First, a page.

The second season opens a year after the events of the first, which gave the Duffers a chance to take a different approach with the story. “You don’t have a kidnapping within 15 minutes,” says Ross. “So in some ways it has slightly more build up-front, and then it just goes crazy. Which is what we wanted, because we felt that in the first season, because it started with everyone on such high alert, it was hard to sustain that for as many hours as we wanted.”
This second visit to Hawkins may give fans the opportunity to soak up more of the wide range of film influences and references the Duffers have brought to Stranger Things. Last season, the media focus was almost entirely on the show’s most obvious allusions—Stephen King, Steven Spielberg and John Carpenter. But most fans don’t know that the scene in which Hopper tears apart his apartment looking for a bug is an homage to Gene Hackman’s final descent into paranoia in Francis Ford Coppola’s 1974 classic The Conversation.
“It’s funny, because the only influences people talk about are the 1980s stuff,” says Matt. “But we’re just movie nerds, and The Conversation is one of my favorite movies.”
In fact, the golden age of 1970s paranoia films—Alan J. Pakula’s The Parallax View, John Schlesinger’s Marathon Man, William Richert’s Winter Kills—is a major touchstone for the Duffers.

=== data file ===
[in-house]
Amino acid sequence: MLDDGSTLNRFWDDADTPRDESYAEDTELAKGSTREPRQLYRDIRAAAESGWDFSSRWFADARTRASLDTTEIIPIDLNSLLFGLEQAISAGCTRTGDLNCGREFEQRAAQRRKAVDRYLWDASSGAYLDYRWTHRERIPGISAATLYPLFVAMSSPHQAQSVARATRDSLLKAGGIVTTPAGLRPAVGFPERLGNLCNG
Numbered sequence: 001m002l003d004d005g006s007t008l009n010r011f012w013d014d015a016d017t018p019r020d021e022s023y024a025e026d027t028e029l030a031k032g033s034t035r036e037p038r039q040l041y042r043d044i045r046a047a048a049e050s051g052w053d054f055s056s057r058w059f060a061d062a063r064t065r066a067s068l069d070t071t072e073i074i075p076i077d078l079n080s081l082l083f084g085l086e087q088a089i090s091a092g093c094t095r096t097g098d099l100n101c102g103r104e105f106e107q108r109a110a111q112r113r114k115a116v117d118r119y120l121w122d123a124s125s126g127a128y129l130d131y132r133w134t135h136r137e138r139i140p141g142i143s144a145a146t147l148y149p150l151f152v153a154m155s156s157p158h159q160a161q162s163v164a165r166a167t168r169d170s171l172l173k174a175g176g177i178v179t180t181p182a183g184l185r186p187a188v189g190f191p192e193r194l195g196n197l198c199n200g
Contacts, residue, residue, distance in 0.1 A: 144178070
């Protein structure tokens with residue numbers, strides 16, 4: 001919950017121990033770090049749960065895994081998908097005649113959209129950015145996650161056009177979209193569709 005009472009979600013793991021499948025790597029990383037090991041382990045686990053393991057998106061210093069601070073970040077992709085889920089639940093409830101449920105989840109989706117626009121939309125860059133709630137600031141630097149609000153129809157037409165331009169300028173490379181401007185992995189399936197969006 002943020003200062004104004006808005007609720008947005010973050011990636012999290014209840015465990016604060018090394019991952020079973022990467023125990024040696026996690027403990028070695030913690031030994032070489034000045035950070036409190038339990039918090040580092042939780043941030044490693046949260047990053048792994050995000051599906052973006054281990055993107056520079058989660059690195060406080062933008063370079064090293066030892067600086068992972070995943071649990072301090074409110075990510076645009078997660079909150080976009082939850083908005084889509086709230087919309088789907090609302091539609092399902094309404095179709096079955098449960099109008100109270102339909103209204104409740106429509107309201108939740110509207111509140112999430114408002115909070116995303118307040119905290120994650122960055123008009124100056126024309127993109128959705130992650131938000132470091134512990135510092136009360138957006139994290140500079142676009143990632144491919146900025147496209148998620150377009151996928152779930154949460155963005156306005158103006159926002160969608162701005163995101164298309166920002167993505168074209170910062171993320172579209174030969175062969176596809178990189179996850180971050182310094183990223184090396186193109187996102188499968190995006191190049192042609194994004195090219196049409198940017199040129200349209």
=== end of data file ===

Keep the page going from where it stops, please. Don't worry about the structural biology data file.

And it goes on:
“We fell in love with those in high school,” says Matt. “I love the aesthetic and the storytelling. A lot of it’s about the mood and this sense of dread that permeates every frame.”
The Duffers also drew on everything from spooky video games such as Silent Hill to anime titles Akira and Elfen Lied. (The latter’s story line has some eye-opening Stranger Things parallels.) One scene in the first season is a shot-by-shot remake of a scene in Witness, just because the brothers are huge fans of director Peter Weir. They discovered composers Kyle Dixon and Michael Stein, who wrote the show’s uncanny synth score, while watching director Adam Win-gard’s 2014 throwback thriller The Guest.
Incredibly, Stranger Things owes perhaps its biggest debt to director Denis Villeneuve’s Prisoners. Like Stranger Things, the 2013 film’s jumping-off point is a child kidnapping. “Prisoners, the pace and the tone of it, we thought could have lent itself well to an eight-hour story,” says Ross. “This was around the time we started to see ads for True Detective and television was becoming more and more cinematic. That led to this idea: What if you had a child who went missing? And obviously then we added our childhood sensibilities to it.”
“We married that with an inter-dimensional-monster idea we had,” adds Matt. “That started to get us excited, and then it went from there. But yeah, Stranger Things would 100 percent not exist without Prisoners.”
Nor, it seems, would it exist without a widespread longing for a type of storytelling that once ruled the movies but succumbed to franchise fetish and CGI spectacle. Whether it’s the fear films of the 1970s or the coming-of-age tales of the 1980s, there’s a reason the Duffer brothers reached back into the cinematic past for inspiration, and a reason they struck a cultural nerve almost instantly. For countless viewers, the strangest thing is that the Upside Down feels like home.